McWilliams: We like strong women and relationships, according to our literature

If you’ve ever taken a literature class, you know that it often consists of analyzing a text and discussing it as a direct reflection of the time period in which it was created. For example, if you read Mark Twain’s 1884 novel, The Adventures of Huckleberry Finn, your teacher probably talked about racism and slavery in 19th century America and how the book directly reflected that culture.

So, what if we take that method and apply it to today’s popular literature? What do today’s prominent novels say about our generation and our culture?

Take a look at The New York Times current best sellers list of fiction books, which is updated every week. The first thing you can’t help but notice is that all of the books in the Fifty Shades trilogy are in the top ten and have been on the list more than 50 times.

This may seem like the first time that S&M (sadism and masochism), as we know it, has made its way into mainstream literature. However, Kenneth Calhoon, professor and head of the comparative literature department at the University of Oregon, says that the theme of S&M in literature is not so new.

“Submission, domination, sadism and masochism are themes that we can identify as being prominent in much of Western literature,” said Calhoon, “and not in the explicit form of ritualized sexual practices involving bondage and whips.”

Calhoon would argue that elements of masochism, punishment and self-denial can be seen in literature as far back as Dante Alighieri’s Inferno. Authors and readers today, like those in the 14th century, seem to be intrigued by these topics.

Four of the top ten books are clearly about heterosexual relationships; three of these are the Fifty Shades trilogy by E.L. James, and the other is Falling For My Best Friend’s Brother by Helen Cooper and J.S. Cooper.

Notably, eight of these titles have females as their main characters. Three of those seven female characters play roles that are not defined by their romantic relationship and act more as autonomous heroines in the novels. Among these are Still Alice (written by Lisa Geneva), about a female professor with early-onset Alzheimer’s, and The Girl on the Train (written by Paula Hawkins), a psychological thriller that has drawn comparisons to the popular novel Gone Girl.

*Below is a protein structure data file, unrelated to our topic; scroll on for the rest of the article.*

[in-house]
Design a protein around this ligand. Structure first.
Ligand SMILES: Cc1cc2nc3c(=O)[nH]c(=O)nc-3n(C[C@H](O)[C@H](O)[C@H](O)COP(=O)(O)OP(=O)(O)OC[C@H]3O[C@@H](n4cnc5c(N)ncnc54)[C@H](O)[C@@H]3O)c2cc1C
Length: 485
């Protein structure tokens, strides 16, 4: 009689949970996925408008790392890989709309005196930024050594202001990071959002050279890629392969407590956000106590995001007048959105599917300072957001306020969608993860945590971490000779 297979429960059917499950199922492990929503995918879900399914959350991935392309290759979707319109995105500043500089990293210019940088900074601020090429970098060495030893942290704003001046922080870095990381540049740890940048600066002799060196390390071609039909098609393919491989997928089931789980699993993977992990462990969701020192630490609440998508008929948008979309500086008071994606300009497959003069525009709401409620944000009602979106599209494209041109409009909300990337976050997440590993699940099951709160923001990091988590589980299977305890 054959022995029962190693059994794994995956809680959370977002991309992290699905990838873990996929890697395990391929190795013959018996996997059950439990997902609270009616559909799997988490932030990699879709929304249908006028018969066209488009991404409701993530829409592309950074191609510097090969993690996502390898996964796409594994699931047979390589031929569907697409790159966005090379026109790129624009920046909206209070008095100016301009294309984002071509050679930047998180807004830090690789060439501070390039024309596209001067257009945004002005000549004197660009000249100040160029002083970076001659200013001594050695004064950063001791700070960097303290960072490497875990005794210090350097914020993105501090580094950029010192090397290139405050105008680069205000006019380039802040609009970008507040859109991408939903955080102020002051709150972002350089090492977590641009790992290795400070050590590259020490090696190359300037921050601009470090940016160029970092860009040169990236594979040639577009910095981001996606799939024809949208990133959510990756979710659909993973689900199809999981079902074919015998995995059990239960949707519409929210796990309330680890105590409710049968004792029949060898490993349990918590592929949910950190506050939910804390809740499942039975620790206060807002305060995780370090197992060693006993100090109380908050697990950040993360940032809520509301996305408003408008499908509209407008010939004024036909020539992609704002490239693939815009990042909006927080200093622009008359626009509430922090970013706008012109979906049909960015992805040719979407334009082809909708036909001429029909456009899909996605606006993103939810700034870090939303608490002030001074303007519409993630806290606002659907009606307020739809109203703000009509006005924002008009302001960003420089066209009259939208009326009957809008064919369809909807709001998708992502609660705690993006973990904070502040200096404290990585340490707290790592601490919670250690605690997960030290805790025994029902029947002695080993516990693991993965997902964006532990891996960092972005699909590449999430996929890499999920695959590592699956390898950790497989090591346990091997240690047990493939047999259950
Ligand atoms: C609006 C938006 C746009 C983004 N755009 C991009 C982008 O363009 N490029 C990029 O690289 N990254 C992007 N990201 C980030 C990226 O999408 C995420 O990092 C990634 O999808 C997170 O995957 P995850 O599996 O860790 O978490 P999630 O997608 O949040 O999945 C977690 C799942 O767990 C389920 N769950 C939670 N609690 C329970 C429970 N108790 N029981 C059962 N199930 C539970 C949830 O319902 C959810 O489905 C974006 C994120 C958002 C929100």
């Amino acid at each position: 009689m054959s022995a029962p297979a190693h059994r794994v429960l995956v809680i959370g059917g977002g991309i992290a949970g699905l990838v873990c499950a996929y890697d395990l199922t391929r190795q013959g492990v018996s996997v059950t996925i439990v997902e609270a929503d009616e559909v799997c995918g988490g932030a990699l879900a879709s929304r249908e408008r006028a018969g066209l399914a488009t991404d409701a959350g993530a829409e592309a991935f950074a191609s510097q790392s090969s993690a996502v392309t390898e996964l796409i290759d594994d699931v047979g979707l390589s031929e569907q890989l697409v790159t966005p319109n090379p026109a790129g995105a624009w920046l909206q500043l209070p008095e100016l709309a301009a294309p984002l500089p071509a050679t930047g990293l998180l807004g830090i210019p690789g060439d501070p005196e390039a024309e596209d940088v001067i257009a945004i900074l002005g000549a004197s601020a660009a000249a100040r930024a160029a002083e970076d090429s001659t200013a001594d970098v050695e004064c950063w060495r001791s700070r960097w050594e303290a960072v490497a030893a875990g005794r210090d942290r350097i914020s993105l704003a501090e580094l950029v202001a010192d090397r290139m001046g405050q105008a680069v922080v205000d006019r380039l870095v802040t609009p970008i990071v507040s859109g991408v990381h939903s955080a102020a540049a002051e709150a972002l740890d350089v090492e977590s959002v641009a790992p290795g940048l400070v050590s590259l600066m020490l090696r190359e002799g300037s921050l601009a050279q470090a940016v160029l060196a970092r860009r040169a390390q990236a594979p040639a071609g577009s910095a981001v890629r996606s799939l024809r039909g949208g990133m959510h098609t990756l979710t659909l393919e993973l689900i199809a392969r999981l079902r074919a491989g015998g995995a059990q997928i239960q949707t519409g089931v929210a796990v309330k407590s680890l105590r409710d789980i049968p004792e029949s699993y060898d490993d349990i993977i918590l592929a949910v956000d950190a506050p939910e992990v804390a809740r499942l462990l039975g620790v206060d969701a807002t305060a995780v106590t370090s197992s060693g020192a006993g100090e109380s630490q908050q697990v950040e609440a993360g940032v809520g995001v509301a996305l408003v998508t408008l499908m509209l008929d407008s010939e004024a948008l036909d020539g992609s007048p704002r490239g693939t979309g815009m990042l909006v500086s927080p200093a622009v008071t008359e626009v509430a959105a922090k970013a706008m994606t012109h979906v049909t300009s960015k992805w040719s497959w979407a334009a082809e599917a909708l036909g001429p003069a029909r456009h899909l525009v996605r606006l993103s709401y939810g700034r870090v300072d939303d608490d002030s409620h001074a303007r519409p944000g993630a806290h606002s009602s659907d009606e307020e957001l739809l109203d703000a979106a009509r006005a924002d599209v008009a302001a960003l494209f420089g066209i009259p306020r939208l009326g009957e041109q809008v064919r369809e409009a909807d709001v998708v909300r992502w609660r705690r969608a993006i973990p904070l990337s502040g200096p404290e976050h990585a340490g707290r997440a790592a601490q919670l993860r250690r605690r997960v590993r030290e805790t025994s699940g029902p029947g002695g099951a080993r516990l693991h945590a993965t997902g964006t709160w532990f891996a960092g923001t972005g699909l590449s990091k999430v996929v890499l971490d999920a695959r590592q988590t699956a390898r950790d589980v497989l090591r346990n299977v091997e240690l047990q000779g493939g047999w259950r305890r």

This prominence of female leads in popular literature could mean two things: (a) the general public is simply interested in the female perspective, or (b) that women make up a majority of the readership and authorship today and, therefore, relate more easily to a female perspective. Indeed, eight of the authors on this list identify as female.

Another theme that stood out to Calhoon was ambiguity.

“The title, Fifty Shades of Grey, suggests that already — the blurring of boundaries between good and evil,” said Calhoon.

What does this all mean about American society? If this list is any reflection of who we are, it would suggest that we’re into relationships (especially ones with sadomasochistic power dynamics), females and obscuring the lines between good and bad.

However, as Calhoon pointed out, it’s important to see that many pressing societal concerns are not making their way into popular literature.

“No movie is being made about Ferguson, for example.”

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Lindsay McWilliams

Lindsay McWilliams